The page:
Megalobox and the Undocumented Story
Megalobox follows the journey of an initially unnamed protagonist, known by his ring name “Junk Dog.” The fighting style within Megalobox can be thought of as mecha-boxing, where fighters use techniques used in real boxing; however, they have mechanical arms attached to their body that increases the stopping power of their punches. Junk Dog fights in underground megalobox matches. At the start of the anime he is forced to suppress his desire to win fights and purposefully loses fights for the profit of his coach and manager. In many ways, the life of Junk Dog mirrors the lives of undocumented immigrants within the United States of America.
An undocumented immigrant is an individual who is not legally residing within the country as a citizen, either natural born, naturalized, or otherwise as a legal resident with a visa or green card. Undocumented immigrants often live under the radar. You wouldn’t know they are undocumented unless they told you. Data gathered in 2017 from the Pew Research Center 1 notes that there are about “10.5 million unauthorized immigrants” living in the United States of America . Given their status many have to work under the table, acquire fake social security numbers, or have fraudulent identities to work within the country. In a similar way, Junk Dog shares this undocumented status within the fictional world of Megalobox.
Later in the anime, Junk Dog acquires fraudulent citizenship documentation to fight in the Megalonia megalobox tournament, and changes his name to Joe. It is clear from the first episode that Joe is not a citizen of the land he resides in. There is a moment where Yukiko Shirato, CEO of Shirato Konzern and promoter of the Megalonia megalobox tournament, states on a television broadcast that entry into Megalonia is open to all citizens. Junk Dog listens to her statement with disdain on his face, hinting to the viewer that he is not eligible to enter due to his citizenship status. Following the idea that Junk Dog represents undocumented immigrant story, it seems that the anime’s creators may also hint that his character may specifically be inspired by undocumented immigrants of Latin American descent. It would be difficult to say for sure, but Joe’s experience may most closely resemble the experience of a Mexican immigrant. Though this is ultimately up to the viewer’s interpretation.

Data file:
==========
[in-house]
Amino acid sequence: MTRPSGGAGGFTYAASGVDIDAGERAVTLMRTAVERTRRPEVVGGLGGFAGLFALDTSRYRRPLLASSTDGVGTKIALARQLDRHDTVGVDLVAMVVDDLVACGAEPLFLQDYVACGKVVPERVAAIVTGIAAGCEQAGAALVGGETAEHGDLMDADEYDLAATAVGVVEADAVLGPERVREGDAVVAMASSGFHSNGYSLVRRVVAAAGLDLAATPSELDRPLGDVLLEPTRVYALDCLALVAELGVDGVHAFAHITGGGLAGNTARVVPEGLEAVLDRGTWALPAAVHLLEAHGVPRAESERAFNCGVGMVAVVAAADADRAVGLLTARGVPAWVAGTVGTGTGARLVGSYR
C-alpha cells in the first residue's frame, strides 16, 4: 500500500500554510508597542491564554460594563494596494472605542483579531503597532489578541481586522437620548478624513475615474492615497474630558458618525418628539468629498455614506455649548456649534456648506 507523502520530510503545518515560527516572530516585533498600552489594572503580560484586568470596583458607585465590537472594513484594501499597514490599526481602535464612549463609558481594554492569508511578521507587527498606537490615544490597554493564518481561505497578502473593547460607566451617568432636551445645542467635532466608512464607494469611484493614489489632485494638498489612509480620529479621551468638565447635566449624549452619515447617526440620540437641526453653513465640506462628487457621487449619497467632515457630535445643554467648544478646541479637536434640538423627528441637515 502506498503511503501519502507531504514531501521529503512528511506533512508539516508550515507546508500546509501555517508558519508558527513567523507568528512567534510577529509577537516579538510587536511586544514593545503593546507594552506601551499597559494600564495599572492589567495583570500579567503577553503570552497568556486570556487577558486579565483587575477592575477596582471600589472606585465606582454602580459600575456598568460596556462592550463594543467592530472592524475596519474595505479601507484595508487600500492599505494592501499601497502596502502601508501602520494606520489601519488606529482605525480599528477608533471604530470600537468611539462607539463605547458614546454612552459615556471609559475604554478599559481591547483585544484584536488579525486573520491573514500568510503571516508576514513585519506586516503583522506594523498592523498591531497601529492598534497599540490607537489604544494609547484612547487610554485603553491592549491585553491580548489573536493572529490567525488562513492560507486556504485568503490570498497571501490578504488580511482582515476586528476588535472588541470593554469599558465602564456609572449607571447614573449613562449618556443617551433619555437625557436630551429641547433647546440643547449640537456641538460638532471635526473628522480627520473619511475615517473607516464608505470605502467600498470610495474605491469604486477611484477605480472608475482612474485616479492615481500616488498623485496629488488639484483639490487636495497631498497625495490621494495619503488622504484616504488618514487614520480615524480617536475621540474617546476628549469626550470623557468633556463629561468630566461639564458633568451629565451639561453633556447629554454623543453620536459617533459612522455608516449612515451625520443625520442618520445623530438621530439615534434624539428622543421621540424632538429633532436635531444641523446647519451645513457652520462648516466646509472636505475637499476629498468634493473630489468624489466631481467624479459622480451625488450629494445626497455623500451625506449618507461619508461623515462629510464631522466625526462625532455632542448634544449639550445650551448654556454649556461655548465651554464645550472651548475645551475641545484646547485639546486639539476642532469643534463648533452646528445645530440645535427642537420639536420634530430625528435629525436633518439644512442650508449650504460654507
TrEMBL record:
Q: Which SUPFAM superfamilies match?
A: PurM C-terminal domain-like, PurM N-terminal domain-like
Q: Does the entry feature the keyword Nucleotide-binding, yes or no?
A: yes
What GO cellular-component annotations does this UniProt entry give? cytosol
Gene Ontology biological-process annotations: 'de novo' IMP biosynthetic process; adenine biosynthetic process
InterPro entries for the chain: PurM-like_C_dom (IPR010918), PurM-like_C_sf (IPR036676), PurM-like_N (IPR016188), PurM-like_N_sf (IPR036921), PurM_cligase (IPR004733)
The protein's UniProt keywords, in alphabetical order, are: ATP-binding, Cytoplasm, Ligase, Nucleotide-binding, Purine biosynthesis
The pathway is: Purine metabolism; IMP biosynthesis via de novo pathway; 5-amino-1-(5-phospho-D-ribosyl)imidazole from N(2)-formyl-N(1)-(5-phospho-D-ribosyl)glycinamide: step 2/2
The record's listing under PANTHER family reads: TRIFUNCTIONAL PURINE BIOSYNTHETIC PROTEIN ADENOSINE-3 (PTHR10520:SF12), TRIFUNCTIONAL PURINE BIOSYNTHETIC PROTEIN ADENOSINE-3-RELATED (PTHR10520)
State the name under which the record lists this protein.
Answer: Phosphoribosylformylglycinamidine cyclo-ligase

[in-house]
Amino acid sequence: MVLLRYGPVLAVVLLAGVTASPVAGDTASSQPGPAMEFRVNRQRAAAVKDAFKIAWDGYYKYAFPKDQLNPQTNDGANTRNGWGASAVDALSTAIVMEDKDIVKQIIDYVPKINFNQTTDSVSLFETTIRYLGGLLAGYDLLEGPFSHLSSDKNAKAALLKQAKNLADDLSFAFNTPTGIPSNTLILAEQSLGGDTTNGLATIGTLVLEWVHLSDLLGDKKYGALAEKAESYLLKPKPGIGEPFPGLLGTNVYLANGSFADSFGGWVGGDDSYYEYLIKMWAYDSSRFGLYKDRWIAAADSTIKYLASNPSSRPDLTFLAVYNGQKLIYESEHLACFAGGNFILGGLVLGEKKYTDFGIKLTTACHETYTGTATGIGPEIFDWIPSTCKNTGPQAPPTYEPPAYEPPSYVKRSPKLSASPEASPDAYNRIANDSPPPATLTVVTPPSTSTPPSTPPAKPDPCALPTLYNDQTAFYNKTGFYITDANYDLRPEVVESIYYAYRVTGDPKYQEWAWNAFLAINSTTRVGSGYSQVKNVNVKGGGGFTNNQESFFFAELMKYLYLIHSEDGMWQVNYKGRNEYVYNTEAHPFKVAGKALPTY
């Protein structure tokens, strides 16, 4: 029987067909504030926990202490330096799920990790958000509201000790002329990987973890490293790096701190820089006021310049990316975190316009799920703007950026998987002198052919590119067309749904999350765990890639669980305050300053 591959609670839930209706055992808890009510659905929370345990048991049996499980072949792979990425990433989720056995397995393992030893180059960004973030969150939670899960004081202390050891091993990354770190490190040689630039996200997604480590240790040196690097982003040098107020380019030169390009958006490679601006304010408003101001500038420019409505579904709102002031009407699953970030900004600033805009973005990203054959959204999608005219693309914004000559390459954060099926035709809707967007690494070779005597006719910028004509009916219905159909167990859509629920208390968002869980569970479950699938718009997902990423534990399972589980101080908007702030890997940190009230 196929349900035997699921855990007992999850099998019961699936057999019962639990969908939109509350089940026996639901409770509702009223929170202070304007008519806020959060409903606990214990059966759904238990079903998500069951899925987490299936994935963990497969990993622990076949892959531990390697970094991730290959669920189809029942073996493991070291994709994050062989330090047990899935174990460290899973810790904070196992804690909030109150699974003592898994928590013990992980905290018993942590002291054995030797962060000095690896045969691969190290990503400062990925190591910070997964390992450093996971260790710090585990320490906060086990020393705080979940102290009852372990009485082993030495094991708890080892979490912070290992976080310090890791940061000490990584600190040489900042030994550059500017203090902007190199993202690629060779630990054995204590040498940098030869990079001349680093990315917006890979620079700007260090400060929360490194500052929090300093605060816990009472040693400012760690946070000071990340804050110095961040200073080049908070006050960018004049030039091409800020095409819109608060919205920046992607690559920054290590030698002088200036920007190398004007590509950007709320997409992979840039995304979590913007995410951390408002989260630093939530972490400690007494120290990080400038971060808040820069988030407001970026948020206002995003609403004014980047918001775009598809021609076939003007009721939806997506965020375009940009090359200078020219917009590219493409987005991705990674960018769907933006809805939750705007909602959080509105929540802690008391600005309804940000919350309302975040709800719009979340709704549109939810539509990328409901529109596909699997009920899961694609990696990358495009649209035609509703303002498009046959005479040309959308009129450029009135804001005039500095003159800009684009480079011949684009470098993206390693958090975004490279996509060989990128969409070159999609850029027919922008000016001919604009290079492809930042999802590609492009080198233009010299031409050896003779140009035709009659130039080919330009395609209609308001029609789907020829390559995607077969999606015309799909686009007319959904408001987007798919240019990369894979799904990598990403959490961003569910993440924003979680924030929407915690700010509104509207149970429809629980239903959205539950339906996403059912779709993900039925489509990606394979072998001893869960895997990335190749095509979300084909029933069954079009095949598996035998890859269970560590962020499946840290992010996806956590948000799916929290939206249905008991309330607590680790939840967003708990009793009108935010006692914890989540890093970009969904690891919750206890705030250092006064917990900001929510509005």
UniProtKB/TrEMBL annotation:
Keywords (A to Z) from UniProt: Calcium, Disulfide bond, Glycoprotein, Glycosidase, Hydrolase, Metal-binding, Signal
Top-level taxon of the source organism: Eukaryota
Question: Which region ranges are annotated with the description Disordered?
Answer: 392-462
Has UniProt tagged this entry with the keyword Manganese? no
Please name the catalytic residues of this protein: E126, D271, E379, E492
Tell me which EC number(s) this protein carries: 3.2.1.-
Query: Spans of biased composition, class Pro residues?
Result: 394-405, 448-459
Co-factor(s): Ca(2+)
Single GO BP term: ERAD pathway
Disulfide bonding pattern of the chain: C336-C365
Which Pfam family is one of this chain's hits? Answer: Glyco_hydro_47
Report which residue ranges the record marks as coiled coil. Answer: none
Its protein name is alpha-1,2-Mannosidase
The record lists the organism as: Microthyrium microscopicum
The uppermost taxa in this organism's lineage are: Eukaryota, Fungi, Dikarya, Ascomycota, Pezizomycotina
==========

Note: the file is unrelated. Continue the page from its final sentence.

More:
Throughout the anime there are a few small details that make this cultural allusion. Though not much of Joe’s cultural background is shared in the storyline, the show’s use of Spanish words, Joe’s tan complexion, and Christian imagery point to cultural and ethnic attributes that some Latin Americans share. In fact, most of the countries in Latin America use Spanish as the primary language. 2 The exceptions here being Brazil, Belize, Guyana, Suriname, and French Guiana, which use other languages such as Portuguese, English, and French. Throughout Latin American there are also many indigenous dialects that are used in smaller communities. Also, while Christianity is considered a world religion, Mexico specifically, 3 holds the word’s the third largest population of Christians.
Analyzing the Pew Research Data 4 of undocumented immigrant demographics in the United States of America further shows that Mexicans make up the largest undocumented immigrant group, with about 4.9 million people living in the country. Having some inspiration from the Mexican people would make sense since boxing is also a coveted sport in Mexico. Mexico is the second country in the world with the most boxing champions, the first being the United States of America. 5
Like the real people Joe is inspired by, he has the odds stacked against him. As an undocumented citizen, he lacks resources and makes a living throwing megaloboxing matches. This also means putting aside his pride and real skills as a fighter to make ends meet. Due to his less fortunate societal circumstances, there is little hope for Joe’s upward socio-economic mobility. However, there is a point in the anime where Joe is forced to find a way to overcome his situation. This happens when Joe meets Yuri, the current megalobox champion.
Yuri is cocky and seems to think little of Joe during their first encounter, except for when Joe trash talks about the megalonia tournament to Yukiko Shirato. This triggers Yuri, but Yukiko prevents the two from fighting in the street. Later, Yuri finds Joe in the underground ring where he throws his fights, and challenges him there. Joe resolves to fight for a win, which is contrary to the cycle of throwing matches that he and his coach Nanbu are accustomed to doing. Joe is easily beaten by Yuri. This is the main turning point for Joe that launches a series of events to where Joe has to somehow make it into the megalonia tournament by defeating strong opponents and receiving fraudulent citizenship.